Stakeholders in the fisheries industry have been urged to consider pushing for a seasonal closure on fishing for small pelagic, to help solve the country's fisheries crises.

Mr Kofi Agbogah, National Programme Manager for the USAID/Ghana Sustainable Fisheries Management Project (SFMP), said seasonal closure is the quickest way to sustain the fish stock in the country's coastal waters.

Mr Agbogah said a seasonal closure is a period when a ban is placed on fishing activities in respect to a type of fish, area and zones, method of capture or any parameters specified in notice of closure.

He made the suggestion on Tuesday during the Greater Accra Regional Fisheries Stakeholders Meeting on the SFMP held in Tema.

He explained that a closure in Ghana could be done during and immediately after the peak spawning season, which is mainly between July and September.

Mr Agbogah noted that the closed season would provide fish protection to complete spawning, which would allow for significant production of abundant offspring for the following year.

He said without the closure, fishermen would continue to fish throughout the year even when the fishes are laying eggs, indicating that each female fish could produce between 20,000 to 50,000 eggs.

Mr Agbogah stated that the closure is possible in Ghana as other countries including Philippines have engaged in similar ventures to revive their fisheries sector.

According to him, the fisheries crises in Ghana, is worrying and if nothing concrete is done the sector would virtually collapsed as having less than 10 per cent of the historical stick meant the sector has collapsed.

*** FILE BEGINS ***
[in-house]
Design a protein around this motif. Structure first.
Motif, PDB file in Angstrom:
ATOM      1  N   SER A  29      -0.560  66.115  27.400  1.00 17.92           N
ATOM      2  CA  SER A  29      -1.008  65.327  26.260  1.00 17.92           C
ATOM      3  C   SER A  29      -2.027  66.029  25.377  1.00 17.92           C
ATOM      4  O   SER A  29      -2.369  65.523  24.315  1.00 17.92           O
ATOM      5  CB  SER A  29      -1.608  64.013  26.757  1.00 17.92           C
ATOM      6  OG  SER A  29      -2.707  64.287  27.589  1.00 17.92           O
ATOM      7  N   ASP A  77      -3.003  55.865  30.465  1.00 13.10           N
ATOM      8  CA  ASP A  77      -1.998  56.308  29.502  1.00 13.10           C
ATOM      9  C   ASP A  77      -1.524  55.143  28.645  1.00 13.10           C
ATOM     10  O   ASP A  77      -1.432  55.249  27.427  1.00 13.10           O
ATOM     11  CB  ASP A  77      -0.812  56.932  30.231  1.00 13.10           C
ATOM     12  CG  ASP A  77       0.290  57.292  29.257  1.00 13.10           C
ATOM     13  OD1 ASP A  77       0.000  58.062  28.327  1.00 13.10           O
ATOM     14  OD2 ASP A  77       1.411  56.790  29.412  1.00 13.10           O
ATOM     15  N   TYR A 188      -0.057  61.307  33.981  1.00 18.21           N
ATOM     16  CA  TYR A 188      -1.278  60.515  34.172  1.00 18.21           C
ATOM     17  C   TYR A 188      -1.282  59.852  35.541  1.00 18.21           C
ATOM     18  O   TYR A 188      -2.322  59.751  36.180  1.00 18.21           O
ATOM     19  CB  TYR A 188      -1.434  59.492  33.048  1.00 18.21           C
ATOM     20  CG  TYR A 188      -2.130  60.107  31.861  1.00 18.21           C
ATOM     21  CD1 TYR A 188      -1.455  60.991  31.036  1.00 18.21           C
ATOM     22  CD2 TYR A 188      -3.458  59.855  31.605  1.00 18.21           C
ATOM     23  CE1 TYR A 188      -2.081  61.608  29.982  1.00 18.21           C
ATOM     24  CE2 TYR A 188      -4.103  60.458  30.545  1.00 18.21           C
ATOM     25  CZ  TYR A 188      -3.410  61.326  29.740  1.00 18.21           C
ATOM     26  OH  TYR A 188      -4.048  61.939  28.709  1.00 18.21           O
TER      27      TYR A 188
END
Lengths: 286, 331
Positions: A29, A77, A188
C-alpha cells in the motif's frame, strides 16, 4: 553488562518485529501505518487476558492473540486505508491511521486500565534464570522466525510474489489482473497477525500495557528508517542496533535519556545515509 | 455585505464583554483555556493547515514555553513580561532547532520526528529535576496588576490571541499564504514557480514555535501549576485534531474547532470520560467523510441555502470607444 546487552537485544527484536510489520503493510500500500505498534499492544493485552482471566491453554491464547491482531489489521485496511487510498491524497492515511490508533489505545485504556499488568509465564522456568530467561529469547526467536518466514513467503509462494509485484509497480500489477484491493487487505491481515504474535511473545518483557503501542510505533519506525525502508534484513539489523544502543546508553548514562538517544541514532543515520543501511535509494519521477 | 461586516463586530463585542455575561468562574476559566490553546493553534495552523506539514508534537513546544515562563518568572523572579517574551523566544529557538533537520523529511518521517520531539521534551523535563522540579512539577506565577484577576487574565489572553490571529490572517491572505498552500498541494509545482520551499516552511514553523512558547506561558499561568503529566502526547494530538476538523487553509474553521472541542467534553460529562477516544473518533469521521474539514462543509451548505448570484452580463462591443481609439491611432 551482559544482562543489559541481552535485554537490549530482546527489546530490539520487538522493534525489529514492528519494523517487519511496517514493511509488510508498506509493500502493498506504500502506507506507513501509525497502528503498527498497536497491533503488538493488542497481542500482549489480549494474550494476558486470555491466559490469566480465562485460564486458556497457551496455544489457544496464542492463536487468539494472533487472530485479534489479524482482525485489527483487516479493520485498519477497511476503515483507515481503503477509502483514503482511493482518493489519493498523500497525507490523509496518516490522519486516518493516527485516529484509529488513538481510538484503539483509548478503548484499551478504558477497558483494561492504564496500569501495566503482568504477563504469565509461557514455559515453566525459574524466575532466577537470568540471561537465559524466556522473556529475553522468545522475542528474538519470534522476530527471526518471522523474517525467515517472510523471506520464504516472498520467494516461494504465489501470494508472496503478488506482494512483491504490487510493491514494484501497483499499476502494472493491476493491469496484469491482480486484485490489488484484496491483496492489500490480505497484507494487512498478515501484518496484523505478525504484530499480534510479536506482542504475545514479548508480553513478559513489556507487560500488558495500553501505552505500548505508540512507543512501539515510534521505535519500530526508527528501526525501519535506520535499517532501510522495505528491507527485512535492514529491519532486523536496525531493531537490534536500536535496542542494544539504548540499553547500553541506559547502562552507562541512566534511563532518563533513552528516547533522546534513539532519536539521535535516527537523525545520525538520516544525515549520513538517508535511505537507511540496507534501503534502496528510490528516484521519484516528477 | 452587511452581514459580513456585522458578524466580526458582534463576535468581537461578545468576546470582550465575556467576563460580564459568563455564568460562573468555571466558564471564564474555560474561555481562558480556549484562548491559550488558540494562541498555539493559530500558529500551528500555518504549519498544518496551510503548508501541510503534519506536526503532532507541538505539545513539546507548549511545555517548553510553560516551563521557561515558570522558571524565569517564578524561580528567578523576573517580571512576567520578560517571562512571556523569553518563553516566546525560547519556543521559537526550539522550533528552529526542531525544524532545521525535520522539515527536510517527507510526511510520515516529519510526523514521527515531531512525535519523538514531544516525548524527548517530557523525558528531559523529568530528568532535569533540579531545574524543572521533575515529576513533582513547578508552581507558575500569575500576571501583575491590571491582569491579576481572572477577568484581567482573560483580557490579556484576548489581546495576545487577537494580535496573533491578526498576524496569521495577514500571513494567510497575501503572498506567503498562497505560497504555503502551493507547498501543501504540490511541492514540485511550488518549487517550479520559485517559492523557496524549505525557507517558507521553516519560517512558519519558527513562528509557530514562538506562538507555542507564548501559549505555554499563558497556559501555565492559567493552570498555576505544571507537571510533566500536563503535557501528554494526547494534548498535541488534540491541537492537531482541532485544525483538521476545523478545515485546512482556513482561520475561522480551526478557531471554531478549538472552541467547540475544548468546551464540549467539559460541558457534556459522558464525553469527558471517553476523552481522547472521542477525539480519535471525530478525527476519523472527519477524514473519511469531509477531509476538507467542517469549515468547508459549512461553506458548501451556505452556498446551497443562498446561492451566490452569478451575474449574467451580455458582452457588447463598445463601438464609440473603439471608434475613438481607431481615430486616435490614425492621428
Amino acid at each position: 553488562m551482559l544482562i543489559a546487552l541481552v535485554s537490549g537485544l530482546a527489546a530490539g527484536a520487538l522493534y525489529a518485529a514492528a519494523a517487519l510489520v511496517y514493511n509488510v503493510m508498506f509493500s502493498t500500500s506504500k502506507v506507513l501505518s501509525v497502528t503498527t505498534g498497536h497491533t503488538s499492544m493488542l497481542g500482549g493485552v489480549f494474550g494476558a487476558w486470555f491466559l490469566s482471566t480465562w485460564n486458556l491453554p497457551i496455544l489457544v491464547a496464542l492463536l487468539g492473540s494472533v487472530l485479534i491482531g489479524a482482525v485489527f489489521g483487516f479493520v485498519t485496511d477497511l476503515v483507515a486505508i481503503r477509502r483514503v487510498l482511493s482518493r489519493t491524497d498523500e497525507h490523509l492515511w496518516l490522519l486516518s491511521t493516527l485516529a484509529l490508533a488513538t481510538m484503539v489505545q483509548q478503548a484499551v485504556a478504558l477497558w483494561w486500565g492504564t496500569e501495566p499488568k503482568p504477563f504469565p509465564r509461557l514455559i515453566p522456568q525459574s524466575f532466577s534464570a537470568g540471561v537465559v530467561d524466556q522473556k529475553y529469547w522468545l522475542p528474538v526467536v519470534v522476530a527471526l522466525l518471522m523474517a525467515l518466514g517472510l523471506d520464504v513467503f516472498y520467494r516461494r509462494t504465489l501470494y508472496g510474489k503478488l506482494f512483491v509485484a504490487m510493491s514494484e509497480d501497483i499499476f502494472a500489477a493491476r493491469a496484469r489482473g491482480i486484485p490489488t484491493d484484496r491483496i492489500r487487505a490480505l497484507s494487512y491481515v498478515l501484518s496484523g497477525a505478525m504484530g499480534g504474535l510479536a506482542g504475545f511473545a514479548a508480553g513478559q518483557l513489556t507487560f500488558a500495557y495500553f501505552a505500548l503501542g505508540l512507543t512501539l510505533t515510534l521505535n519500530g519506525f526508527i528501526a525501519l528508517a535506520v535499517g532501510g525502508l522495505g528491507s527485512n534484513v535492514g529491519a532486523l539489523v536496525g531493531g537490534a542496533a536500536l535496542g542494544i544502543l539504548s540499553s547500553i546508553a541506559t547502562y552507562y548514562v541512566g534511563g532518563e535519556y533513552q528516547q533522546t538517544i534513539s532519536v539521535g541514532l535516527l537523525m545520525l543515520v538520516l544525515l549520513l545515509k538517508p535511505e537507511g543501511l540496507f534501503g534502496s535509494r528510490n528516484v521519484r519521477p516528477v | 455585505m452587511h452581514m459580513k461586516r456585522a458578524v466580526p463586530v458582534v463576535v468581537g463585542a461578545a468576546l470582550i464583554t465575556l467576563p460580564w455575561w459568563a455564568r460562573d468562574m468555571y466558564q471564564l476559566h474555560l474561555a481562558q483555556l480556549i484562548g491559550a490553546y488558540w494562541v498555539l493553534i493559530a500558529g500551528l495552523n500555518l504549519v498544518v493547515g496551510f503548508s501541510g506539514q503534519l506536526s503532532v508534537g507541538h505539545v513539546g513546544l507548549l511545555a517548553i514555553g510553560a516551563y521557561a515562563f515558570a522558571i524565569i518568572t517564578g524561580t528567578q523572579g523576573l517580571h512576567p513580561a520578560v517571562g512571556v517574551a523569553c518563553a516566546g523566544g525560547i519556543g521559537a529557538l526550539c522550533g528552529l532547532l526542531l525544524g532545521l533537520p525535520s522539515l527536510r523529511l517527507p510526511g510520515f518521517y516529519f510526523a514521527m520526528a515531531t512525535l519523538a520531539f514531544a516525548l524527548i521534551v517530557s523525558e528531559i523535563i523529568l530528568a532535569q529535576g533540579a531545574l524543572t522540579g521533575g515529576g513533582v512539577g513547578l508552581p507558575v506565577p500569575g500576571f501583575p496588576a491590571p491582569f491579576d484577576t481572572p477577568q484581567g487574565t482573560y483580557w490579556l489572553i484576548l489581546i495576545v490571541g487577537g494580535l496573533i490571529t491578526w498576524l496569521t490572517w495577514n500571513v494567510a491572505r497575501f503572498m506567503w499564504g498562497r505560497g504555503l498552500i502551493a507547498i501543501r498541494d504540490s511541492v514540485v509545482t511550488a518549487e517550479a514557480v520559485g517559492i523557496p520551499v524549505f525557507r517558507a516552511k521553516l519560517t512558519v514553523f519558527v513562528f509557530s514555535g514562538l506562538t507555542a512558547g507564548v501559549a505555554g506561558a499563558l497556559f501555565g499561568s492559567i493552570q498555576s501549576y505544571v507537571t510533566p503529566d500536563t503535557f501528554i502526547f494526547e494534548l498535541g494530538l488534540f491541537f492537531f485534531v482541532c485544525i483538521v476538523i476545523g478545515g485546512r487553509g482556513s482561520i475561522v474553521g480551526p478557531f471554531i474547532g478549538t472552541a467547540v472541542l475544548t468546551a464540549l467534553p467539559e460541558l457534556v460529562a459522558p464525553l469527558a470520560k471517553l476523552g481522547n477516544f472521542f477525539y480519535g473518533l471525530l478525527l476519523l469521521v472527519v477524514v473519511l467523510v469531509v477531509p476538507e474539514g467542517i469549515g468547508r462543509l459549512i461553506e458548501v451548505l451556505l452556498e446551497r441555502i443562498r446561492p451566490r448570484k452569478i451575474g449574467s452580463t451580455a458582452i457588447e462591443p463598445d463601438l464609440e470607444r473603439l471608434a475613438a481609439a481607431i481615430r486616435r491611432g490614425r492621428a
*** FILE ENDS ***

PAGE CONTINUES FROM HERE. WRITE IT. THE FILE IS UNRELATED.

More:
He mentioned that the USAID and World Bank are supporting the country with 24 million dollars and 53 million dollars to enable stakeholder dialogue to find the best solution to the current fishing crises.

Mr Kyei Kwadwo Yamoah, Programme Manager of Friends of the Nation, an implementing partner of the SFMP, said the meeting was to engage stakeholders on optional methods to revive the fisheries sector.

Mr Yamoah said the options include the seasonal closure, increased mesh size, adding to fishing holidays, limit number of boats, removal of subsidies and territorial use rugs, among others.

He noted that similar meetings have been held in the Western and Central Regions with Volta Region to follow after which a national dialogue would be held to finalise the discussions and decisions.

Some participants called for proper implementation of fisheries laws and regulations.

They also urged the numerous associations in the sector to desist from blaming each other for the failing sector but should rather resolve to observe good practices.